Traditional Halal Slaughter From Scientific Perspectives


  • Awis Q.Sazili Universiti Putra Malaysia
  • Nurdeng Deuraseh Universiti Putra Malaysia
  • Zeiad A.Aghwan Universiti Islam Sultan Sharif Ali Brunei Darussalam


halal slaughter, animal welfare, bleeding, meat quality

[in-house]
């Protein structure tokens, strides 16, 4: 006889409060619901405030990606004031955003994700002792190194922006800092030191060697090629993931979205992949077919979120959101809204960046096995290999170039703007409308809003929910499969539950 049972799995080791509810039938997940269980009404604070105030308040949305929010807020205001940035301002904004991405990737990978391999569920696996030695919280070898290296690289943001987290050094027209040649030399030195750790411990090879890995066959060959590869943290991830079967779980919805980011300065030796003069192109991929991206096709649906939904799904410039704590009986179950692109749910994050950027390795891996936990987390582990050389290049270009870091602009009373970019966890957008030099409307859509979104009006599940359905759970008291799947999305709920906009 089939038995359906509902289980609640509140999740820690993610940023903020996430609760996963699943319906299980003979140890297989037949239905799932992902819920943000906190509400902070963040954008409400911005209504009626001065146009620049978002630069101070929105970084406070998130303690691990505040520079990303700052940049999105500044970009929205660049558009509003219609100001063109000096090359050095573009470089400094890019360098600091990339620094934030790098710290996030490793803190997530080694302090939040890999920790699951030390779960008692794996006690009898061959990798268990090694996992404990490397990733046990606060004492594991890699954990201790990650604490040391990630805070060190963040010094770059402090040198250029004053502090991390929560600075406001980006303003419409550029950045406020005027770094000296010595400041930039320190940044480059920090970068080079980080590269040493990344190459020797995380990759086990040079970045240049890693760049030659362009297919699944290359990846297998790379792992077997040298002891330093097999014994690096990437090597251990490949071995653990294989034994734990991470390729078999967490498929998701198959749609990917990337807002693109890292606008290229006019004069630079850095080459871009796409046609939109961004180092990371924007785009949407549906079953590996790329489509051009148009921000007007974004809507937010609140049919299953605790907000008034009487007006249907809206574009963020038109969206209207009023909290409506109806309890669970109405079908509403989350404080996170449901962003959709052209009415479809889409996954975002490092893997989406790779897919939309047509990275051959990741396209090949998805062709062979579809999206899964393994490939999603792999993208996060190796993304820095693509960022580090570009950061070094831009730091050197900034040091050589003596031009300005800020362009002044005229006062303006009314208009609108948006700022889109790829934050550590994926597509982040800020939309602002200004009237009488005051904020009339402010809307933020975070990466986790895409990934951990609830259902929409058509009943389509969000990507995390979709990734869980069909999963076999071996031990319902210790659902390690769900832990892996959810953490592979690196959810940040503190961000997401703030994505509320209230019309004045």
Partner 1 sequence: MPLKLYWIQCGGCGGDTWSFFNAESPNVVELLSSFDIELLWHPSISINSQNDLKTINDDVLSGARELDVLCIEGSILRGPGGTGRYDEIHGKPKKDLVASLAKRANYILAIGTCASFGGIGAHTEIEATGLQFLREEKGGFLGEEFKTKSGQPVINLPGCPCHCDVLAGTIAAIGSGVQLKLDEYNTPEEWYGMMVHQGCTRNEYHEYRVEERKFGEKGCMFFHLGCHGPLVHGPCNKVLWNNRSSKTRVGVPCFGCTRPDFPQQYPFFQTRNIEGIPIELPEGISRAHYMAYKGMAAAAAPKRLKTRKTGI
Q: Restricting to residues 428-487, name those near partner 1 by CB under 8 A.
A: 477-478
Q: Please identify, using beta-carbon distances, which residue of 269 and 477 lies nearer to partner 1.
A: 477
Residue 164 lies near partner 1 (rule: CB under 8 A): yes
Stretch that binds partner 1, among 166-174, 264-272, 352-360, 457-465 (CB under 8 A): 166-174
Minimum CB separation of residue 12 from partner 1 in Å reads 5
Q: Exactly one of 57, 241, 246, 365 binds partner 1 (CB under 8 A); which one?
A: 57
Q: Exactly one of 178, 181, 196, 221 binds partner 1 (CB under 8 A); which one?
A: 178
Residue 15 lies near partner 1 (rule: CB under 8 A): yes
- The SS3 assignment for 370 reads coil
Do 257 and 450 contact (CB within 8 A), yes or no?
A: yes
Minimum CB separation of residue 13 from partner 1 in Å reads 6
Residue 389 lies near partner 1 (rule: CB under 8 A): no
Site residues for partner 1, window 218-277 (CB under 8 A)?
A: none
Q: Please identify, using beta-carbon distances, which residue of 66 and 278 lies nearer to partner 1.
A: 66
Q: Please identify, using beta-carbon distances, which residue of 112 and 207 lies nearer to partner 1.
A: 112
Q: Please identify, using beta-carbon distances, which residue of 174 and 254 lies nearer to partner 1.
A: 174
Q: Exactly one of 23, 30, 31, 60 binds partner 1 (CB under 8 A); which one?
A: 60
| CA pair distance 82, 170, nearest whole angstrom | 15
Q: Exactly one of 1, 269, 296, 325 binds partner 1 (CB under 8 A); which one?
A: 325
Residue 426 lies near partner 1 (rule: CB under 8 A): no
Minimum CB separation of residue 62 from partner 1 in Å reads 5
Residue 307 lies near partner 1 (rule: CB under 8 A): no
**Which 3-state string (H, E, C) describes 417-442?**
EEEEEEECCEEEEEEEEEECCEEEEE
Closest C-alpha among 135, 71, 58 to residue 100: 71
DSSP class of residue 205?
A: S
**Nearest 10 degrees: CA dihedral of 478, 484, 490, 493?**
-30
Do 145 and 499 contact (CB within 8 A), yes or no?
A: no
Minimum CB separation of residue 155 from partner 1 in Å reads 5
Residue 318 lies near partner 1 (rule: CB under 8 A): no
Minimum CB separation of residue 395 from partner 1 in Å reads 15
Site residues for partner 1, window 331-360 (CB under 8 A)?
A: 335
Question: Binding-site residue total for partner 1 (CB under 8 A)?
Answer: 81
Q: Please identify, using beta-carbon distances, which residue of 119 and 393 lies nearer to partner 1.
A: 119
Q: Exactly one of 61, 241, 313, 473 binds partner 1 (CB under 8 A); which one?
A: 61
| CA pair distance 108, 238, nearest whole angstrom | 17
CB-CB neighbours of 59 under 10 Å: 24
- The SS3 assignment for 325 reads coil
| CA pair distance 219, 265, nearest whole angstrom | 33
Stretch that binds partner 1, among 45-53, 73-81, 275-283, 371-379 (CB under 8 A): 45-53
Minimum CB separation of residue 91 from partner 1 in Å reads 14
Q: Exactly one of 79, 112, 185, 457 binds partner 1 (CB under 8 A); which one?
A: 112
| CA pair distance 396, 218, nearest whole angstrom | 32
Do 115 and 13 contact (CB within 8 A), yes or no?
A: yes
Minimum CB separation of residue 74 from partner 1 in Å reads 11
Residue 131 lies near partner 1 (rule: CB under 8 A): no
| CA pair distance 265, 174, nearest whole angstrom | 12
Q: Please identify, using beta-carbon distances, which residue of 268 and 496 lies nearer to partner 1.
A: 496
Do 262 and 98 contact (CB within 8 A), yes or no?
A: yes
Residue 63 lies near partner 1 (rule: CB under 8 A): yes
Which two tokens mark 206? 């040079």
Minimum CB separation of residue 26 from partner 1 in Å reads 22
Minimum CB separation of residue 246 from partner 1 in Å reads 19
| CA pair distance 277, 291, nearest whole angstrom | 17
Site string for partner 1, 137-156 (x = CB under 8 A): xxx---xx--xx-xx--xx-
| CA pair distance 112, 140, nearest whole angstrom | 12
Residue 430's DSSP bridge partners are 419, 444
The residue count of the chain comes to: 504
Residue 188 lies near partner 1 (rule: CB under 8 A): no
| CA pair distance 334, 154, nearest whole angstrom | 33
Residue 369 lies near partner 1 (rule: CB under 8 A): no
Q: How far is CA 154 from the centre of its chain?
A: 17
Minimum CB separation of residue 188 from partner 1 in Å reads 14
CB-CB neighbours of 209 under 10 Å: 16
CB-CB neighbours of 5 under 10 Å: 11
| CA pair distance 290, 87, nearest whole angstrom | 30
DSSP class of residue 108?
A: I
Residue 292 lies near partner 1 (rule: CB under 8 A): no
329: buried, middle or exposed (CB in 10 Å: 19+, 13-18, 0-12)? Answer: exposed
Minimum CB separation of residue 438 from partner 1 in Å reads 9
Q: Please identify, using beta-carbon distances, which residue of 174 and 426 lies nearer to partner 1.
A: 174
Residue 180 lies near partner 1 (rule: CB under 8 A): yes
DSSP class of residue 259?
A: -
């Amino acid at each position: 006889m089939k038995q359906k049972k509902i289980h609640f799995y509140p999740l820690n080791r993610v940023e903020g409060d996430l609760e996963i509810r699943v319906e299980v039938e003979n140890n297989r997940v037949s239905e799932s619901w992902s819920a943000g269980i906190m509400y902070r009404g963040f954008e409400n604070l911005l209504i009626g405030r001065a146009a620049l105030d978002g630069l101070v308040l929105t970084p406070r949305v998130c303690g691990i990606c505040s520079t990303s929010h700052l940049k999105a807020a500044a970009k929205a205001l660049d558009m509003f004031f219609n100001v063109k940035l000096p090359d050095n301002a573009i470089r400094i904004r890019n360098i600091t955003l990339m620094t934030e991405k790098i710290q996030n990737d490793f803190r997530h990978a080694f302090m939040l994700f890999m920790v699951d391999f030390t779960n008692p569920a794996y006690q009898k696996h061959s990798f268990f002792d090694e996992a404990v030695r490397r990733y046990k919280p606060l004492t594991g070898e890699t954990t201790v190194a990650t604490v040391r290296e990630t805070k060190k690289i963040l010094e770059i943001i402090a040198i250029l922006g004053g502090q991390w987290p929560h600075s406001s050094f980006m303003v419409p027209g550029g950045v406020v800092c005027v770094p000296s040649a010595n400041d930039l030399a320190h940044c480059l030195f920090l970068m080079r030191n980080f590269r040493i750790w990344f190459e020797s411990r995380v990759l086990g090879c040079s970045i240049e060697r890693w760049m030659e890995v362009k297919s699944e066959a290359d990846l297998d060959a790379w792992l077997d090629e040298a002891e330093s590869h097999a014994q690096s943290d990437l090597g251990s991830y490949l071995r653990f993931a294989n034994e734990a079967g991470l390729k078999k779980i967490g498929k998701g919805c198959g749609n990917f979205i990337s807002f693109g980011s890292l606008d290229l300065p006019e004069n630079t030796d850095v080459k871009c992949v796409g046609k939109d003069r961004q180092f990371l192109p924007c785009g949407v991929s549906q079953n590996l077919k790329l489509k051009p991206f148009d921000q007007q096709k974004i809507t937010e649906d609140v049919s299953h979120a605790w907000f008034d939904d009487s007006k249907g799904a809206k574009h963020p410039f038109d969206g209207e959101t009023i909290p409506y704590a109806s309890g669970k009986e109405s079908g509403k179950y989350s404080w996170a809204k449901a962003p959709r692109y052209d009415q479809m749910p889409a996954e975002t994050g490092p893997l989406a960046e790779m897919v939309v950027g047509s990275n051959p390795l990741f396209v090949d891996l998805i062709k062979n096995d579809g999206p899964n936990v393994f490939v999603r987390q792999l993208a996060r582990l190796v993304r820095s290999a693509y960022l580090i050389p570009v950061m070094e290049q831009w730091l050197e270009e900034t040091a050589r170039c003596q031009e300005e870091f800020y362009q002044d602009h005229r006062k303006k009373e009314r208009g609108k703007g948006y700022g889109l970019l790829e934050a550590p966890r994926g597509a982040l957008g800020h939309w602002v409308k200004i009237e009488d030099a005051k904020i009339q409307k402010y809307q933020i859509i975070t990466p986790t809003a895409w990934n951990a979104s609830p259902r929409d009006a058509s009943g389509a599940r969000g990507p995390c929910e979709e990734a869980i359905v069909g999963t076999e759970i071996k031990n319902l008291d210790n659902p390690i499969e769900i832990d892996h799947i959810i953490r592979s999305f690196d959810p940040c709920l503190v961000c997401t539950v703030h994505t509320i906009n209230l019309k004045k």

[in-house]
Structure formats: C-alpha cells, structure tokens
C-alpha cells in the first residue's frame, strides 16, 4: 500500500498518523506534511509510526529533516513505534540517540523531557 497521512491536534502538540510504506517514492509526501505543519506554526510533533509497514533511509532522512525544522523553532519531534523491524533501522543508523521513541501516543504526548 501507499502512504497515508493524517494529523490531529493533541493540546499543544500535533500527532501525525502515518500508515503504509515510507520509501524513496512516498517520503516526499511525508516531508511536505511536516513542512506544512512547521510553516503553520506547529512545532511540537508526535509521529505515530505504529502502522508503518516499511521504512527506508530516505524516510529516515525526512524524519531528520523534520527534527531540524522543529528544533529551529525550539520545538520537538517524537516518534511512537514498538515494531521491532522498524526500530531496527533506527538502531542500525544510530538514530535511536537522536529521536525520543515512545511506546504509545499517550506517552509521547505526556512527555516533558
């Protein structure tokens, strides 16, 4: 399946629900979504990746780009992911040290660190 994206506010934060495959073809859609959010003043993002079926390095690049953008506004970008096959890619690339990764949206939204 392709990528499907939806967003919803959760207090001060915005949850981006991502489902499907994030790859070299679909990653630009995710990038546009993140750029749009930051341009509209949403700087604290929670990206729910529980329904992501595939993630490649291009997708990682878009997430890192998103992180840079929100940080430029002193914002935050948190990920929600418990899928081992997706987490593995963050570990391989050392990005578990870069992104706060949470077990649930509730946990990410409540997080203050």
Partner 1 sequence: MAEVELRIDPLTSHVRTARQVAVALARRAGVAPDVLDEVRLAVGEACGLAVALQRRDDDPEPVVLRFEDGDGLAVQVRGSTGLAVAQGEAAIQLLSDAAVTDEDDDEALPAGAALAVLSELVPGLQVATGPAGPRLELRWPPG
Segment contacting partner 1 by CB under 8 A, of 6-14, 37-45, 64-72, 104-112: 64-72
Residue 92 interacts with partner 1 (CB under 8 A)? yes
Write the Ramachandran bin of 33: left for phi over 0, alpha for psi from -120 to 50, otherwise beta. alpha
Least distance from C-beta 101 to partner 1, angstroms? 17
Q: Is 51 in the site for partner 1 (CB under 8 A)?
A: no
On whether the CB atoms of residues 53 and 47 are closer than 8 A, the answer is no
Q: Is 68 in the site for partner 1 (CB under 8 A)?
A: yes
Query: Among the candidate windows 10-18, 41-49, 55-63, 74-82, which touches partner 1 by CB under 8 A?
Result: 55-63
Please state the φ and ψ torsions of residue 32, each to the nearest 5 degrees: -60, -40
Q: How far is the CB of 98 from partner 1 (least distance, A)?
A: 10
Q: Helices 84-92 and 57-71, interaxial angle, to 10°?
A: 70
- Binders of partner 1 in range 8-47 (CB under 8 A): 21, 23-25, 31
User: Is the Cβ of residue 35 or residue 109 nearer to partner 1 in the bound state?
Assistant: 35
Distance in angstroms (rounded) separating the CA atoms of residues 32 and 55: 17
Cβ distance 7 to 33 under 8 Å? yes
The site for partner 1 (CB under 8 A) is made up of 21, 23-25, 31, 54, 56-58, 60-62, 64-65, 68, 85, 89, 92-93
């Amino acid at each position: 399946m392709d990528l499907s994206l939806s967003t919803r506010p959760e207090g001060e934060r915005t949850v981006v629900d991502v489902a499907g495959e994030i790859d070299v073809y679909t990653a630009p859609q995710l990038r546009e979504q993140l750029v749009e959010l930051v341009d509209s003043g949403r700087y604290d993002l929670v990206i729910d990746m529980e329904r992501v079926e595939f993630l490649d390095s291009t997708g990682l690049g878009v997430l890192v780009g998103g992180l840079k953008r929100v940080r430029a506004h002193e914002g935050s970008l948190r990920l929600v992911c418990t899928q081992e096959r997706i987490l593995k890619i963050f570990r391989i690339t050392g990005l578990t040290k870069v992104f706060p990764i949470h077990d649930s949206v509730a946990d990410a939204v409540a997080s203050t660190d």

Halal slaughtering process is the killing and butchering of non-forbidden animals for food. According to Islamic tradition, the conventional method used to slaughter the animal involves cutting the large arteries in the neck along with the esophagus and trachea with one swipe of non-serrated blade. Muslims argue it provides a relatively painless death and helps to effectively drain blood from the animal. Scientifically, the main purpose of effective and humane slaughtering is to remove the flowing blood as quickly as possible and stop the delivery of oxygen to the brain. Blood is suitable for microbial growth environment. Inadequate bleeding could cause more blood to be retained in the meat. Consequently, this would lead to multiplication of spoilage microorganisms and acts as a carrier for food borne pathogens. The main concern of some veterinary and animal rights groups is that halal slaughter without stunning may delay the commencement of unconsciousness and this could result in suffering from stress and pain. Recently, it has been suggested that performing the cut at the first cervical vertebra compared to the conventional cut at the second or fourth cervical vertebra will almost eliminate false aneurysm development and this will reduce subsequent distress. It is possible that when religious slaughter is done faithfully and properly, the welfare of the slaughtered animal is not compromised, even if this cannot be verified scientifically using currently available instruments.